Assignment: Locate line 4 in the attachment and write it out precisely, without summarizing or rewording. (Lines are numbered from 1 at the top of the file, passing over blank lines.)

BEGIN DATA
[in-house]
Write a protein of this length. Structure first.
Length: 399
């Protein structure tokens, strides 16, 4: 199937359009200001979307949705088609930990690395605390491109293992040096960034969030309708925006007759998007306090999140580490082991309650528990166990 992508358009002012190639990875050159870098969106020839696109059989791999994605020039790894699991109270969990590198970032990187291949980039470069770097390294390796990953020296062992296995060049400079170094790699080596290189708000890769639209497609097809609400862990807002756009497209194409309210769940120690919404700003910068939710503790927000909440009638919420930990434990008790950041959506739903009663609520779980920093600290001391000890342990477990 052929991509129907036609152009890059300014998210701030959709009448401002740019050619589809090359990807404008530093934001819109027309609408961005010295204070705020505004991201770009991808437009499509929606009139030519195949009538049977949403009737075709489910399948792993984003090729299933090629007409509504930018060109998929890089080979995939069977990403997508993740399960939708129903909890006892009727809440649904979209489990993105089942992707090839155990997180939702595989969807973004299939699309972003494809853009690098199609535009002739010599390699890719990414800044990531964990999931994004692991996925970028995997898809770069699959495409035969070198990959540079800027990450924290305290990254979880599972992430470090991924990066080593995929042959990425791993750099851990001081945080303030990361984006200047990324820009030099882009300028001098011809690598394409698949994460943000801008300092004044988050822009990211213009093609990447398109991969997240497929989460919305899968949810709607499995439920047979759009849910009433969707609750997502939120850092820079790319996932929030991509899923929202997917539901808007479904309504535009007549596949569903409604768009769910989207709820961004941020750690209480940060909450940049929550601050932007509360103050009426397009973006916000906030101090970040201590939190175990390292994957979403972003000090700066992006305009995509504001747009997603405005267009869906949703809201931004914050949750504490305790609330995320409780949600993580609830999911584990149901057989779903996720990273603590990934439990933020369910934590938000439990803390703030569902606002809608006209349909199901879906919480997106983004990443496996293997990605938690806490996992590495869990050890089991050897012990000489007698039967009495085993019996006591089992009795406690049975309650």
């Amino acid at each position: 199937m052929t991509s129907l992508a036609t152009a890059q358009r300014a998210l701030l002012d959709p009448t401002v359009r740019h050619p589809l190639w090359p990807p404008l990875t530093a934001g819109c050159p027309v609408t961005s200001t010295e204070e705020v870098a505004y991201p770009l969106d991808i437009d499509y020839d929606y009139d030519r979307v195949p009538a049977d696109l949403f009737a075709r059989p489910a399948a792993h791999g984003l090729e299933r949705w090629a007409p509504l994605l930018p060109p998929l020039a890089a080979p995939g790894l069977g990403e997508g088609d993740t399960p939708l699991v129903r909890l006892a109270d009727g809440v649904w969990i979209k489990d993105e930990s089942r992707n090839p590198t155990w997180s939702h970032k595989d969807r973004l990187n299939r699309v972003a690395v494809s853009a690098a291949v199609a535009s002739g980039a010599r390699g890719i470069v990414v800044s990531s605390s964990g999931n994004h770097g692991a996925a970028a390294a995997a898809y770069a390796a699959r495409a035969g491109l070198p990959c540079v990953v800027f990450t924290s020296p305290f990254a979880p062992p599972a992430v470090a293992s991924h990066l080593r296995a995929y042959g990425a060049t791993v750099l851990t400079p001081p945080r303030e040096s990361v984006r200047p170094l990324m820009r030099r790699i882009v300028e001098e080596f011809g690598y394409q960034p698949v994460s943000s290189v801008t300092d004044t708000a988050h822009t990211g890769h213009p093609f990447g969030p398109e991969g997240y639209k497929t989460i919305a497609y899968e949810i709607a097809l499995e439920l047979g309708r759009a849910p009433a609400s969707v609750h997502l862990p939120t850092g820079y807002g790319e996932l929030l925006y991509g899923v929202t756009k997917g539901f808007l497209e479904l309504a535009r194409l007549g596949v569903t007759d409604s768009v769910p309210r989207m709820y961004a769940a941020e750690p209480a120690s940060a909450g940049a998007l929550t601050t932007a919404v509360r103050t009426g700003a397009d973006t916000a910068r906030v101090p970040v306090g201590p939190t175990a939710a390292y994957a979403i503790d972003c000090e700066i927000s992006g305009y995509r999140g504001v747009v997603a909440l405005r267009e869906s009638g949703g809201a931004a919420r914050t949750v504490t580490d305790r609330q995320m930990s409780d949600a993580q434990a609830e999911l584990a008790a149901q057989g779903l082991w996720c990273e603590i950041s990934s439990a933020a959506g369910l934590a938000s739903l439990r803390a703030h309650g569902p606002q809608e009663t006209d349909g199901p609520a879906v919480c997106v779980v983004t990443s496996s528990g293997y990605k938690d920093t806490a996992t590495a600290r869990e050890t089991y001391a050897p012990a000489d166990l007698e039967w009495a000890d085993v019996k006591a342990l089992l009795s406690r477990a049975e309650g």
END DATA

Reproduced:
């Protein structure tokens, strides 16, 4: 199937359009200001979307949705088609930990690395605390491109293992040096960034969030309708925006007759998007306090999140580490082991309650528990166990 992508358009002012190639990875050159870098969106020839696109059989791999994605020039790894699991109270969990590198970032990187291949980039470069770097390294390796990953020296062992296995060049400079170094790699080596290189708000890769639209497609097809609400862990807002756009497209194409309210769940120690919404700003910068939710503790927000909440009638919420930990434990008790950041959506739903009663609520779980920093600290001391000890342990477990 052929991509129907036609152009890059300014998210701030959709009448401002740019050619589809090359990807404008530093934001819109027309609408961005010295204070705020505004991201770009991808437009499509929606009139030519195949009538049977949403009737075709489910399948792993984003090729299933090629007409509504930018060109998929890089080979995939069977990403997508993740399960939708129903909890006892009727809440649904979209489990993105089942992707090839155990997180939702595989969807973004299939699309972003494809853009690098199609535009002739010599390699890719990414800044990531964990999931994004692991996925970028995997898809770069699959495409035969070198990959540079800027990450924290305290990254979880599972992430470090991924990066080593995929042959990425791993750099851990001081945080303030990361984006200047990324820009030099882009300028001098011809690598394409698949994460943000801008300092004044988050822009990211213009093609990447398109991969997240497929989460919305899968949810709607499995439920047979759009849910009433969707609750997502939120850092820079790319996932929030991509899923929202997917539901808007479904309504535009007549596949569903409604768009769910989207709820961004941020750690209480940060909450940049929550601050932007509360103050009426397009973006916000906030101090970040201590939190175990390292994957979403972003000090700066992006305009995509504001747009997603405005267009869906949703809201931004914050949750504490305790609330995320409780949600993580609830999911584990149901057989779903996720990273603590990934439990933020369910934590938000439990803390703030569902606002809608006209349909199901879906919480997106983004990443496996293997990605938690806490996992590495869990050890089991050897012990000489007698039967009495085993019996006591089992009795406690049975309650």